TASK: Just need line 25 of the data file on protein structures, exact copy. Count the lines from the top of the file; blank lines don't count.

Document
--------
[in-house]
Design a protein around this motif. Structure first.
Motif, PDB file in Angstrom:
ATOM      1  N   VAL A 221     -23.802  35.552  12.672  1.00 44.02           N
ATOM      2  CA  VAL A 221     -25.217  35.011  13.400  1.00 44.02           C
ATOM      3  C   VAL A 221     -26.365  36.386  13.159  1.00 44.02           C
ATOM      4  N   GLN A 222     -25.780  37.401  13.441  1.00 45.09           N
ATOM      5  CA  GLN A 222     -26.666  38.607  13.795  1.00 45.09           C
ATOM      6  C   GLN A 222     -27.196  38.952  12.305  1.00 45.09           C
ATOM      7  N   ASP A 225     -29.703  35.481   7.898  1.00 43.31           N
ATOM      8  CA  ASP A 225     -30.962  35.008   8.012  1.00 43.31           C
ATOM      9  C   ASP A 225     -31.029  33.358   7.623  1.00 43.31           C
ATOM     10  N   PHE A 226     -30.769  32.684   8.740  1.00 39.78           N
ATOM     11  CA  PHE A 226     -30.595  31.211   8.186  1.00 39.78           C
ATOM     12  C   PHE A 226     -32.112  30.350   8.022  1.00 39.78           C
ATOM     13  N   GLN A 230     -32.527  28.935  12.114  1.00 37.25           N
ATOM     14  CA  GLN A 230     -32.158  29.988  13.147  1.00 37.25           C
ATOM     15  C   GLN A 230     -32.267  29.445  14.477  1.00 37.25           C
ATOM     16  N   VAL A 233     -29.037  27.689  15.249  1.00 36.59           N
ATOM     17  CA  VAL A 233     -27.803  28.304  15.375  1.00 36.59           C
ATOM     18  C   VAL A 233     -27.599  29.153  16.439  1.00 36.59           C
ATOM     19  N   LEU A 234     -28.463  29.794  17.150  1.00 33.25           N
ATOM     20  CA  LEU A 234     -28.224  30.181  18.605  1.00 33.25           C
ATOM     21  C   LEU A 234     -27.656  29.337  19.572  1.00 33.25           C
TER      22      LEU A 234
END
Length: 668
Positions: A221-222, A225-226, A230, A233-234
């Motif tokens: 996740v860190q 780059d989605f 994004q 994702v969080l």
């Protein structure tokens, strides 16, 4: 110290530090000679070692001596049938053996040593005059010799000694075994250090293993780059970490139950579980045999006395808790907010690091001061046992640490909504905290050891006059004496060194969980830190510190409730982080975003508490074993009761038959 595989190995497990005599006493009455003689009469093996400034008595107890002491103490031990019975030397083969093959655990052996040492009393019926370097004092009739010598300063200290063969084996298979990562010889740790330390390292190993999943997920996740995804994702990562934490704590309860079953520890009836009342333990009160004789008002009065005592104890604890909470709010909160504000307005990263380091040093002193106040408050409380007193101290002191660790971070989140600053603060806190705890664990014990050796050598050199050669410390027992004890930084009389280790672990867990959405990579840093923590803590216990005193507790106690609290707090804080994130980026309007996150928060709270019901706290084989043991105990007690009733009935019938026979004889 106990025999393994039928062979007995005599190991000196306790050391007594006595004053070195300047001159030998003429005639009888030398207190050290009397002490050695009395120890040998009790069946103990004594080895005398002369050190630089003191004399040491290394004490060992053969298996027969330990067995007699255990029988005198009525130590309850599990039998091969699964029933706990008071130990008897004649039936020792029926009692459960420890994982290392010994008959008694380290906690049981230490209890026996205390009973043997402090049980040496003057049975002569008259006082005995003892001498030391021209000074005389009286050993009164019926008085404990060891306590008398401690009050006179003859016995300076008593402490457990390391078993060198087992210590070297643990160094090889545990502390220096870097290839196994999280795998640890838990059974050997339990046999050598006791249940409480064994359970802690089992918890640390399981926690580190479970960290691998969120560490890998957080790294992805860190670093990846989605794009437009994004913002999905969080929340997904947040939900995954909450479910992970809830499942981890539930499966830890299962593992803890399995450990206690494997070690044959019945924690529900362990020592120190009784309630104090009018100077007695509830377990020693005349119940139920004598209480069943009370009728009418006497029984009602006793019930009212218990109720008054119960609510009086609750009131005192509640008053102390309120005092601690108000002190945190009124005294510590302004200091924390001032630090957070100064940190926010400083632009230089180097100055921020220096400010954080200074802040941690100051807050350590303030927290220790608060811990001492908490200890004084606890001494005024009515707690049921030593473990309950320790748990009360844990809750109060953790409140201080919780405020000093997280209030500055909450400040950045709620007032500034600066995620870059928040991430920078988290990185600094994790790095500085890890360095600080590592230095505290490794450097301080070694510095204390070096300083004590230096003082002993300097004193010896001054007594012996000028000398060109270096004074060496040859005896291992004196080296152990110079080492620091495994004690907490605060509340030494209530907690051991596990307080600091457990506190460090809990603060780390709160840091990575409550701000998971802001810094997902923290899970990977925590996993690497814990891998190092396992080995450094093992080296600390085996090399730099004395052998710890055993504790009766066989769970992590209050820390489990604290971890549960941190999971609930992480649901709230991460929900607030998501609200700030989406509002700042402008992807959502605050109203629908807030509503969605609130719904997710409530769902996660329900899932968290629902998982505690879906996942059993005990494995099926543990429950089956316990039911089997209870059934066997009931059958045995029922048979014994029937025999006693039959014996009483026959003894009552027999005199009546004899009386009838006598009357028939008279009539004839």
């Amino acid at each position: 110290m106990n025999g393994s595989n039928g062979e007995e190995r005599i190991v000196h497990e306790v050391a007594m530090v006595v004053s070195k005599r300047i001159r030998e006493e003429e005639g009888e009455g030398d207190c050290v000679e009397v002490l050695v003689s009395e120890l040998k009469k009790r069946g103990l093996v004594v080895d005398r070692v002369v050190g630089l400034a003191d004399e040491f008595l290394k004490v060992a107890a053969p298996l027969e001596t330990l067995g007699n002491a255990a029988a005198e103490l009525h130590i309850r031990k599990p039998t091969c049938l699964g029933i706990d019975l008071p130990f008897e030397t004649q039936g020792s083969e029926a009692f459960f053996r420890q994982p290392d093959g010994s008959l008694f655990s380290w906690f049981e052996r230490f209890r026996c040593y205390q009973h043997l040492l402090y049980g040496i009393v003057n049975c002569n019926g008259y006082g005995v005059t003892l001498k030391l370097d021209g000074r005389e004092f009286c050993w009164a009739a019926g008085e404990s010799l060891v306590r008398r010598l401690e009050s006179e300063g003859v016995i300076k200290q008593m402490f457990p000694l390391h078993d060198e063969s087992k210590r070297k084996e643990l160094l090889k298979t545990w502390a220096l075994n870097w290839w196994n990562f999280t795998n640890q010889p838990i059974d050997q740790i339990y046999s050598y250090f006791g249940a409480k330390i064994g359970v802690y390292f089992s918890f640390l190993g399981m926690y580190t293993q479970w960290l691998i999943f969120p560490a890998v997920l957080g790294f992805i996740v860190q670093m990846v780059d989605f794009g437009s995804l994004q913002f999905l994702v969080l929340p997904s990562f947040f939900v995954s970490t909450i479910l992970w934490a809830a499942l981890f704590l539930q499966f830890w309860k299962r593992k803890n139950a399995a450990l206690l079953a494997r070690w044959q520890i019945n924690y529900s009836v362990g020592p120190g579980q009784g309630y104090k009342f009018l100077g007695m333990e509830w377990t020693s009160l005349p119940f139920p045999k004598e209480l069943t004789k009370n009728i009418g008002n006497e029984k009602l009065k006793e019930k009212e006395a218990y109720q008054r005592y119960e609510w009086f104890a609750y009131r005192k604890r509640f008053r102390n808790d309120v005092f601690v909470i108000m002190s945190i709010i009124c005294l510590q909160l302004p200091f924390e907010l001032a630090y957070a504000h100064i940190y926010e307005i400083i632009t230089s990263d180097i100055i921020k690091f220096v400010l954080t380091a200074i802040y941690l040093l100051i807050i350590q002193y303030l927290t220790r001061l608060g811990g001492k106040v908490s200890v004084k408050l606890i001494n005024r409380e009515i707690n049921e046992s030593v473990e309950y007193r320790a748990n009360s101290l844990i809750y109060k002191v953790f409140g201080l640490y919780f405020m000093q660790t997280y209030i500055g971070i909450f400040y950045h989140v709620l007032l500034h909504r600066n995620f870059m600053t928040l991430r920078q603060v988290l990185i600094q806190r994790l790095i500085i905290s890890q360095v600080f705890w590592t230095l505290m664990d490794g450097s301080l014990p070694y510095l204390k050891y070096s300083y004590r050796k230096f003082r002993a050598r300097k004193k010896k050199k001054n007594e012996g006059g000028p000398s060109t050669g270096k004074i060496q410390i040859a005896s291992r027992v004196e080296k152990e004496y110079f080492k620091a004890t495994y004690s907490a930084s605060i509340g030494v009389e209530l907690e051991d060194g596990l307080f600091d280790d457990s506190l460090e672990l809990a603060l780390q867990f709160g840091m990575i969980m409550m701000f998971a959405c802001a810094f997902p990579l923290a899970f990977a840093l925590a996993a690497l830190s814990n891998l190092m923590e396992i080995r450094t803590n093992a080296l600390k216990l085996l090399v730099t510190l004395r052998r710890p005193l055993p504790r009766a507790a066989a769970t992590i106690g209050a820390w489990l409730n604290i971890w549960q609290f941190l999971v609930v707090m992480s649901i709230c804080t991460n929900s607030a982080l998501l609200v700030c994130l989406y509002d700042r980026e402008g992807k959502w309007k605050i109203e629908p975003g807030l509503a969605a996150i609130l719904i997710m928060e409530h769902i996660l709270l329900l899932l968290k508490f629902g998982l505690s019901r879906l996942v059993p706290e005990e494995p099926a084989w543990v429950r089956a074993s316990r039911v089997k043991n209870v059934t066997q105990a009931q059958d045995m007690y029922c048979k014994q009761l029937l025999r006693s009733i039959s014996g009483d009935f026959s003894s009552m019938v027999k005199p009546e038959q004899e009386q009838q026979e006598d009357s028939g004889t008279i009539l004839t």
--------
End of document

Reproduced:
TER      22      LEU A 234